Steve Robitaille, MBA

Steve Robitaille
Assistant Professor of Business Administration Faculty of Professional Studies and Performing Arts


MBA, University of Wales


Born in Moose Jaw, Steve grew up in an expat family and lived in Turkey and West Africa in his youth. This cosmopolitan global view of the world carried over into his work and ministry life, and Steve was blessed to work and live in England, France, the French and English-speaking West African countries, and Malta, Tunisia, and Morocco.

Steve has an extensive array of business experience. He has held several senior management positions or operated as the principal in sectors like financial services, the service industry, manufacturing, advertising/marketing and publishing, and non-profit corporations and charitable organizations.

Parallel to his business career, Steve has been involved in pastoral and youth/young adult ministry.

Along with extensive industry-related training over the years, Steve has wide-ranging undergrad educational experience including McGill University, Hebron Ministerial Institute, and SIAST.


Steve studied Corporate Strategy from Michael Porter at Harvard Business School. This unique and insightful disciplinary approach led to Steve co-authoring a detailed work on the Zurich Banking Cluster. Later Steve authored a rigorous work on the Canadian Retail Banking Sector. The paper highlighted the historical evolution of the Canadian Financial Services industry in the Global context. Steve zeroed in on the retail investing landscape and offered critical analysis of portfolio design methodology, regulatory approach, and product provider competitive structure analysis.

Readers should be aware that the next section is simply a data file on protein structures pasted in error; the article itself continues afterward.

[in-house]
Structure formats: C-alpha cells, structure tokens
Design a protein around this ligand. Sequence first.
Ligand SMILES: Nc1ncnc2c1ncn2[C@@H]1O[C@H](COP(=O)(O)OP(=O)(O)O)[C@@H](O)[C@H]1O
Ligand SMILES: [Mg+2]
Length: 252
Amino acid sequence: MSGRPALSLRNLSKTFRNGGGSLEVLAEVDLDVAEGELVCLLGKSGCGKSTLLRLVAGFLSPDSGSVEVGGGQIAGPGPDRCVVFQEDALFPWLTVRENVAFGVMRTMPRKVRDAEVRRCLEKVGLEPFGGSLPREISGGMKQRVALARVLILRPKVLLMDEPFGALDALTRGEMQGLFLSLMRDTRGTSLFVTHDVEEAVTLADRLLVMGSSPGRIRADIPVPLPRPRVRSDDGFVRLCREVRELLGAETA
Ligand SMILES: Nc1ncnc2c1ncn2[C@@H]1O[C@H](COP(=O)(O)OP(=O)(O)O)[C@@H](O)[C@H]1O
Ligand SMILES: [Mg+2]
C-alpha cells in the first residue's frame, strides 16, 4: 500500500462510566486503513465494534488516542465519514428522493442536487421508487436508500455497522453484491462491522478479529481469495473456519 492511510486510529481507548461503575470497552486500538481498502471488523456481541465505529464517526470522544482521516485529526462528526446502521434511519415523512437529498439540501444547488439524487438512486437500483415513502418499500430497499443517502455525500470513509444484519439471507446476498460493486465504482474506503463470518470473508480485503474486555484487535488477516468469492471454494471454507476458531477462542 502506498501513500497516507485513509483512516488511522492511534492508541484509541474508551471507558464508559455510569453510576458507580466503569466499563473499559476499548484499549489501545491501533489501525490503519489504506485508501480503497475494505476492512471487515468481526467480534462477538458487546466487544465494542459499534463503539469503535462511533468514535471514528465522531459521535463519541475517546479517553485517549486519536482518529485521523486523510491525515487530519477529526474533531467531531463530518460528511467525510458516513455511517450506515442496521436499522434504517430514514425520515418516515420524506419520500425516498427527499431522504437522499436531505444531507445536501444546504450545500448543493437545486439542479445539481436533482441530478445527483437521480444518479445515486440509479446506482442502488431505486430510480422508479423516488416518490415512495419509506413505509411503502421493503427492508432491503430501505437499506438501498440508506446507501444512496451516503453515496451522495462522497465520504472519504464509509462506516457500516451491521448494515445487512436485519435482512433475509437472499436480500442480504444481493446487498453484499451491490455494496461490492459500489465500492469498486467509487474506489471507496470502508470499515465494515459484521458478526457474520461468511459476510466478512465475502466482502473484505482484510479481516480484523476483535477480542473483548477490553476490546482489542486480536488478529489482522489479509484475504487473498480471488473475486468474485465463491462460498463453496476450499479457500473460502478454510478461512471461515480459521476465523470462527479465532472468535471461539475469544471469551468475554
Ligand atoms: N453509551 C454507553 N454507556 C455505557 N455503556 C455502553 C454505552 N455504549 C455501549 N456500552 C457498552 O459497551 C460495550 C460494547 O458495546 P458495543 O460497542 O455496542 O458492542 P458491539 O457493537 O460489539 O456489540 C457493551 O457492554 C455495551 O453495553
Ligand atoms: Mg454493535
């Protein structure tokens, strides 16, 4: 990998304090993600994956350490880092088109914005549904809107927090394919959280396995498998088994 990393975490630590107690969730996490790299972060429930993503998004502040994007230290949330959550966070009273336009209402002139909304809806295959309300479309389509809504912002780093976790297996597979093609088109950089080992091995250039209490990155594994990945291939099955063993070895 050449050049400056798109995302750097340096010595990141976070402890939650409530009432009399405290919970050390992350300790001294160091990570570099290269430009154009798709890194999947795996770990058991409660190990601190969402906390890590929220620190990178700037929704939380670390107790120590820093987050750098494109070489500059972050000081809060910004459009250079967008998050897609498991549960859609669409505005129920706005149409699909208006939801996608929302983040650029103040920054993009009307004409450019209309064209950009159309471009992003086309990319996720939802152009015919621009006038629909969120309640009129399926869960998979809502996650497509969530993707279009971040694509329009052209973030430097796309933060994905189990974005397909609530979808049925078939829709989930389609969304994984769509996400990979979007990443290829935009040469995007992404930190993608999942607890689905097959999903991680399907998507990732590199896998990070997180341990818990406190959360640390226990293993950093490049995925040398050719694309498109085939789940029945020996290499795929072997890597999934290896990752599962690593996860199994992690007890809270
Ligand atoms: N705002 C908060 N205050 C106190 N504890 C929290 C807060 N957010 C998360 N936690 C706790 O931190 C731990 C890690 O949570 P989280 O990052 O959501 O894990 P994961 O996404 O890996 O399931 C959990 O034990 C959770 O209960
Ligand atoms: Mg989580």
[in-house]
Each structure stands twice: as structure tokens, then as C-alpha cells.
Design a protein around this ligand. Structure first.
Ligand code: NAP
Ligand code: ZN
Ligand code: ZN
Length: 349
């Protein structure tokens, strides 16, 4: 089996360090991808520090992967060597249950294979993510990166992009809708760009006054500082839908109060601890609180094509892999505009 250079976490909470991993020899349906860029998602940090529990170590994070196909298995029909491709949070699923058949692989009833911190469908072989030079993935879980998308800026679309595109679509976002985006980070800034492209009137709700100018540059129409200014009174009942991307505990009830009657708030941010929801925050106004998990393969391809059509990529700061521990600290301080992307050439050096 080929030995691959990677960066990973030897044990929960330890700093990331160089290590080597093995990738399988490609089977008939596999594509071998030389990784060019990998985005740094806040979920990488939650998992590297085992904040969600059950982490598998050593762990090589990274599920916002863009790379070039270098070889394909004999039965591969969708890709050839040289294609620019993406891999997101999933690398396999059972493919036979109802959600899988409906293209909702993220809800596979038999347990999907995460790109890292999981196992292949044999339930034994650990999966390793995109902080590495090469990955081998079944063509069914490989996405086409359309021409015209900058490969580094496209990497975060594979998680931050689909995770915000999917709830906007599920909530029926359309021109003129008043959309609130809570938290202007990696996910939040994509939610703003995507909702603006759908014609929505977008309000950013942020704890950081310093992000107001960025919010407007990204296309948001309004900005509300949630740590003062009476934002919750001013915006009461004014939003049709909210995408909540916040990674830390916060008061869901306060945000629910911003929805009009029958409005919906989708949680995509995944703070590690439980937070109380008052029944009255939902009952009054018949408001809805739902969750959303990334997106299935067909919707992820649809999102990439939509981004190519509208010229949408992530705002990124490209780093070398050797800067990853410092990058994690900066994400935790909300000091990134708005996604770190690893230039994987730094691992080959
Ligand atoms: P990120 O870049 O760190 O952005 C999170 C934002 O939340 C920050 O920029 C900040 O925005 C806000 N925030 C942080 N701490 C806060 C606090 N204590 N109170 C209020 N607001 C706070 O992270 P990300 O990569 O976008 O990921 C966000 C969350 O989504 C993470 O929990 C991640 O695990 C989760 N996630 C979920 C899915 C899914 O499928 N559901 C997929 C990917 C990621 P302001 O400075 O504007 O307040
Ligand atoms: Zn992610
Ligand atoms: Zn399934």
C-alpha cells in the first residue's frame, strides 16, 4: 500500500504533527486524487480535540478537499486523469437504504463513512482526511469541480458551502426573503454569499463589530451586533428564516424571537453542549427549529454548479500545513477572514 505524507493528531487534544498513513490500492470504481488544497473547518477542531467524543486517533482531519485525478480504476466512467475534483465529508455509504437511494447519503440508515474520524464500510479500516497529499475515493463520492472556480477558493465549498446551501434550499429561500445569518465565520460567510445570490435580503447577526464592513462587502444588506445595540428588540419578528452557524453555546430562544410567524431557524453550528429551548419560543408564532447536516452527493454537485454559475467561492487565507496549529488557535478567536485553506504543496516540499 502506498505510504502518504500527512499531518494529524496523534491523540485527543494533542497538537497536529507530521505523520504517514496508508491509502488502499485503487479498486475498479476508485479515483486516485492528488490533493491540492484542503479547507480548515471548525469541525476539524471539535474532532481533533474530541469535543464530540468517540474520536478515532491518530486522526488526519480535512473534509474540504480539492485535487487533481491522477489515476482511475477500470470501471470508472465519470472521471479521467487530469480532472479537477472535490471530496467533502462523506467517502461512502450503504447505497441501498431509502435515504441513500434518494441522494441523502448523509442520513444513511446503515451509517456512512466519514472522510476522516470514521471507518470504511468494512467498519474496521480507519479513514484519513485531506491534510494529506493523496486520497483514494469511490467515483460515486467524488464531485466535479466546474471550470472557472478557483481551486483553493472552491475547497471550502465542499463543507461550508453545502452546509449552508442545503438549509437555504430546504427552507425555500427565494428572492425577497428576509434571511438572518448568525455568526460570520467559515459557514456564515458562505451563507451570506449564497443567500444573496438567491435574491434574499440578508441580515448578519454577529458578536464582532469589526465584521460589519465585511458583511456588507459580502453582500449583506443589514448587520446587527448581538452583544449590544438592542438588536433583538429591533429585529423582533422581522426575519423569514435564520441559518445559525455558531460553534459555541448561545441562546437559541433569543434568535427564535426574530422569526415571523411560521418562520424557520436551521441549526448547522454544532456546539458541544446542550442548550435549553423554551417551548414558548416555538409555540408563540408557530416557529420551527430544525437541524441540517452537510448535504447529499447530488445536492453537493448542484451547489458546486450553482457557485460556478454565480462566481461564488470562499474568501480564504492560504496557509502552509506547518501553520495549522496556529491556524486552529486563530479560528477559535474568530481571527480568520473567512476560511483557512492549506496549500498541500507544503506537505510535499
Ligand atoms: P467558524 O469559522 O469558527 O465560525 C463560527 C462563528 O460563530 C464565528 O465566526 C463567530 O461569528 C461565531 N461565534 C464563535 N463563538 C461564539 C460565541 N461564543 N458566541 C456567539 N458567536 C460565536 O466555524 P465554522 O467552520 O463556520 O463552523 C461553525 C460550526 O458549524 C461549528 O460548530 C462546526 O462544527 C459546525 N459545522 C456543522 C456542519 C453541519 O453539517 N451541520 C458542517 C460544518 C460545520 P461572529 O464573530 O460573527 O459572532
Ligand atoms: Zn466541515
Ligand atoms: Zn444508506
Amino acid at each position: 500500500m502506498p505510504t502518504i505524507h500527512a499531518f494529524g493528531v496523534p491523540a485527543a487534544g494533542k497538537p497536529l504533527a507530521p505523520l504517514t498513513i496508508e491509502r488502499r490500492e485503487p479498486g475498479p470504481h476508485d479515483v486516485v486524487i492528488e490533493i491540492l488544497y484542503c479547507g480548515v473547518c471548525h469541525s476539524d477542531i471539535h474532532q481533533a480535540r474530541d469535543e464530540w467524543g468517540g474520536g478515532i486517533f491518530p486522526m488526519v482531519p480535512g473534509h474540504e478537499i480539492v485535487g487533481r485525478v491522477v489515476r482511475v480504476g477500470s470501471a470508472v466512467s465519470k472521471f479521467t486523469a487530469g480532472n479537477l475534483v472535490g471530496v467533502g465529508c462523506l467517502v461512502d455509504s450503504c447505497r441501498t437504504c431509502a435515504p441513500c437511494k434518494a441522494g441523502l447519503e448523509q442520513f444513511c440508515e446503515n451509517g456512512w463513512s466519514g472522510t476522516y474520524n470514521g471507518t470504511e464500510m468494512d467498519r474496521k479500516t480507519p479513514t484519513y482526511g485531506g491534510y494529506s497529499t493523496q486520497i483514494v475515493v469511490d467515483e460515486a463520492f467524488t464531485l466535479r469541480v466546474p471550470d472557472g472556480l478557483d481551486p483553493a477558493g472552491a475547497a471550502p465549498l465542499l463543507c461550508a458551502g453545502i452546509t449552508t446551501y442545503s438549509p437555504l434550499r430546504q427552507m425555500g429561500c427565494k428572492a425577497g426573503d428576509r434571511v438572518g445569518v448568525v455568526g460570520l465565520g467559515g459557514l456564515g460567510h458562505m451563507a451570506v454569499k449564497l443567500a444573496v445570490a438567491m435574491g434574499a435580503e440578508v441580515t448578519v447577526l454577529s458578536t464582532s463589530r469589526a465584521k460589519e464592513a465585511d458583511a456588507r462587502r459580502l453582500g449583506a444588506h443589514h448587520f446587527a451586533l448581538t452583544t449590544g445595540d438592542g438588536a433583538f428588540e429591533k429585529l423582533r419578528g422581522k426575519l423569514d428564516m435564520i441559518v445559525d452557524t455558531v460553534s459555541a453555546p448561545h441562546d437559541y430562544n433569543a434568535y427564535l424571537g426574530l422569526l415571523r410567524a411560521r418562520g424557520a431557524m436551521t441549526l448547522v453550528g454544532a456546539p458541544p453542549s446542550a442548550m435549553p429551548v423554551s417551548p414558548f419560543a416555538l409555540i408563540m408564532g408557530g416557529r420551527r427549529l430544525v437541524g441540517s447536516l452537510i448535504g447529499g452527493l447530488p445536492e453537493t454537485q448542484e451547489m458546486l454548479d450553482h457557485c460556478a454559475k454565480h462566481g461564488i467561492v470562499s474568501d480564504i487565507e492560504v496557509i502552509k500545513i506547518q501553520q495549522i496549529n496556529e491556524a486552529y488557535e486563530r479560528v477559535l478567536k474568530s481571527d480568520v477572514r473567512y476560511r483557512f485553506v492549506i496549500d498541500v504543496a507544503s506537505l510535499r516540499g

Steve’s current doctoral research is focused on improving the effectiveness of Strategic Planning Implementation. Here is an excerpt of his current work:

"As an experienced manager and leader with twenty years of successful industry pedigree I experienced an interesting tension reconciling theory to practice. It was because of this journey that I discovered that great research could include the rigour required from quantitative analysis and the insights made possible through qualitative analysis. Further, it also could include attention being paid to organizational practices and their accomplishments. In other words the research should be empirically sound and socially situated. Holistic analysis should involve a prismatic approach of the interaction of these three lenses of understanding: quantitative, qualitative and practice."